The man on the shore slept in his sleeping bag, waiting for the dawn

on

When the wind freshened, the man on board felt it, he dreaded it, he knew the
danger. The night, the night. When the moonlight vanished, the man felt the
storm, but then he saw the moonlight, and knew he was safe.

The man on the shore lay in his sleeping bag, feeling the storm, waiting for
the dawn. As the sea began to rumble, he moved his head, but could not stop
the waves lapping him. Out there, there was no shore. There was no life.

When the man opened his eyes, he saw the light and the morning. But it was
not a sun coming out. He could see nothing except the great blue sky, the
waves moving in the dark.

The man turned and sat up in his sleeping bag. He saw the shore on his left,
and knew it was land. With that, he began to get to his feet. He had slept
in his clothes, lying in his underclothes. He had to use his legs. He began
to walk the shore, feeling his way with his hands.

As the man walked, he saw the small fishing village in the center of the
bay. He saw the boats drifting with the dawn, heard the fishermen singing,
and smelled of the fish in the harbor.

The fisherman’s boat bobbed to the surface of the bay. He grabbed the oars,
pulled out toward shore. His wife sat in the stern, talking with the man
beside her. They came in under the breakwater.

The man took out his wallet and removed his cards. He tried to remember
their names, but the names had slipped away and were gone as if swept by
a great wind. He placed the cards in his wallet and looked up and down the
bay, searching for the name on a card.

The fisherman sat in his boat, pulling toward shore. He saw a young man
walking the shore in the early morning light, with his head down, and his
arms folded. He saw the dark hair, the long, straight nose, the full lips,
and the strong eyes. He heard the fisherman’s wife say, “I like your hair,
son.” A strange smile came to his lips. He pulled away from shore to go
find the man.

The man had made it back to the village, had arrived at the harbor, when he
saw the man walking on the shore with no shoes on his feet.

He climbed into his sleeping bag, pulled his boots on over his shoes. Then
he put on his pants and underclothing. He pulled on his coat, pulled on his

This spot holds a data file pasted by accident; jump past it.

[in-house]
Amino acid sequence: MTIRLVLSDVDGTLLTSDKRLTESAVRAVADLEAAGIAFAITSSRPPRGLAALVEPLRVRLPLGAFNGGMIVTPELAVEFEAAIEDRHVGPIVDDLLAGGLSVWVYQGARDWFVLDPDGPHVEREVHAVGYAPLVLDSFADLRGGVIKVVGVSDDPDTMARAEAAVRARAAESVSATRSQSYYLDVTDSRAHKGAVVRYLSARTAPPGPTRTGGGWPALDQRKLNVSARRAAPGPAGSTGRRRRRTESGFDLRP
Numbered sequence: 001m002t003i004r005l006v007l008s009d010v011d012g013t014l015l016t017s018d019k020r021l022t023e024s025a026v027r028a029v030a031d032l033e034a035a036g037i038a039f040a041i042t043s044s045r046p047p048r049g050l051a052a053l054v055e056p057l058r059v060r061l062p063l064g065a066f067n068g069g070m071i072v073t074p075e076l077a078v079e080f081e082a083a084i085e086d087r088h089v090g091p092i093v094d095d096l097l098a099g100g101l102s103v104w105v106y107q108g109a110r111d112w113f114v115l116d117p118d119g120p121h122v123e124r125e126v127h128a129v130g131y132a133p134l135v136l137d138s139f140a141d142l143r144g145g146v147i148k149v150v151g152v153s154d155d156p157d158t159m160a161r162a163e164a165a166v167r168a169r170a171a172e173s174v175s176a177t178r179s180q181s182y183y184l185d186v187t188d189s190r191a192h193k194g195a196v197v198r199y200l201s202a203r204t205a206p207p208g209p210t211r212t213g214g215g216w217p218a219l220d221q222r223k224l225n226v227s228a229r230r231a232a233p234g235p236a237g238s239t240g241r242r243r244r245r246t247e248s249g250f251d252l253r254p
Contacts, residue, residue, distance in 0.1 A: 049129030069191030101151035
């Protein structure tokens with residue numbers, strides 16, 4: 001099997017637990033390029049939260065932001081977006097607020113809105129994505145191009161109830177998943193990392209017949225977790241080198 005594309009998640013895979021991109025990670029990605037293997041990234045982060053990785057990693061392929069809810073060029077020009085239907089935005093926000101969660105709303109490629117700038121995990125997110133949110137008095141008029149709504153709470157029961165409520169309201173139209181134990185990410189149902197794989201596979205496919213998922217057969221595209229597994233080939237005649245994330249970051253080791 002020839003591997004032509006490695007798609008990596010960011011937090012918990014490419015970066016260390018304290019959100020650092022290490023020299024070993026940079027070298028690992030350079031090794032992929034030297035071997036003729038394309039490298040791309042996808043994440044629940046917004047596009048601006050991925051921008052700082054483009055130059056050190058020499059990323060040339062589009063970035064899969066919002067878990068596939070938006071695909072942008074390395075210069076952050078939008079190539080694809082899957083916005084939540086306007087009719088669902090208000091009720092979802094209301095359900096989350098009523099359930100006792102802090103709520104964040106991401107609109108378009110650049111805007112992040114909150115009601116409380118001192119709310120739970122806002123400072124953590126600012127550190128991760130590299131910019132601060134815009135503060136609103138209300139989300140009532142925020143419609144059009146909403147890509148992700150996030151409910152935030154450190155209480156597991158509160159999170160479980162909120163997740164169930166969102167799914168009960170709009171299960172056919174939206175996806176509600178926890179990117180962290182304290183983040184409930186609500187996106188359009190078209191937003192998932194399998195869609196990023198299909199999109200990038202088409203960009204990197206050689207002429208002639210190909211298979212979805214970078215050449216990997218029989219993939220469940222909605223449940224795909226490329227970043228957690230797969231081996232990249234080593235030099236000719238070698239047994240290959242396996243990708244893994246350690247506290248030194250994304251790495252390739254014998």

scones and pulled on his hat.

He walked down the shore to the fisherman’s dock, found a boat that had an
empty berth there, and made for home.

His mother was waiting, and he came in with a little girl in his arms. His
father sat in the living room drinking coffee. There was a little girl with
him, a little girl with blond hair and big eyes.

His mother cried, “I’ve missed you,” and he cried, “I’ve missed you,” and it
was a short time before the family was gathered around the table at the back
of the house in the little living room.

After a time, his father said, “Son, I think I would not live with you any
more if I were you.” The little girl was listening, and was looking at him.

His mother laughed. “Well, son, I’ve got a job for you at the mill.” She
began to tell him more about it.

“Yes, sir,” he said. “It will take me quite a while to learn all I’ve got to
know, but I’m sure I will learn.”

“Well, son, I’ll have my coffee,” his father said. He looked at the little
girl. “You’ll be staying with us with the baby, won’t you?”

“Yes, sir,” she said, and her father smiled.

Then the little girl started talking to her father.

The old man and the little girl talked about many things. The little girl
talked about the new baby. Her father talked about his work. The old man
talked about the weather and the lake.

After a little while, the little girl said, “I’ve got something I want to
say.”

“I know,” her father said. “What is it?”

She took a sheet of paper from a drawer in the kitchen and wrote a little
note. She handed it to her father.

He read it and made no comment at first. Then he said, “Well, you’d better
stay with us a spell. I think you should like the little girl a lot.”

The little girl nodded.

Then her father said, “I’m going to go fishing for trout. Could you mind
the baby?”

“Yes, sir,” the little girl said. And with that, he turned and left the
house.

Her father’s footsteps rang on the wooden floor of the kitchen as he went out
into the yard. His words echoed in his thoughts as he walked, and finally
he turned and looked out of the window, at the little girl, in the yard, on
the grass, looking back at him as he turned away to go into the house.

The little girl watched him, and then she looked out of the window and said,
“I don’t want to go away from here. Can’t I stay and help you?”

“If you want,” her father said, and his eyes were upon the girl as he turned
to go into the house.

He went into the kitchen where his mother was making pancakes. “I hope you
won’t be too lonely with the baby,” he said.

She laughed. “I’m not the only one. I hope you’ll stop and talk to my son
while you’re here.”

“I do talk to my son,” he said, “and I will, I will, I will.” He went out of
the kitchen and down the hall to the living room.

A little girl stood in the door with a small white bundle in her arms. She
saw the little girl standing in the kitchen with a look of surprise on her
face. She said, “I didn’t expect to see him again,” and her father smiled.

The little girl went into the living room and sat down. Her mother began to
make the coffee, and she served him a cup.

He said, “I hope you don’t mind having our daughter along.”

“No,” she said. “It’s nice she’s here.”

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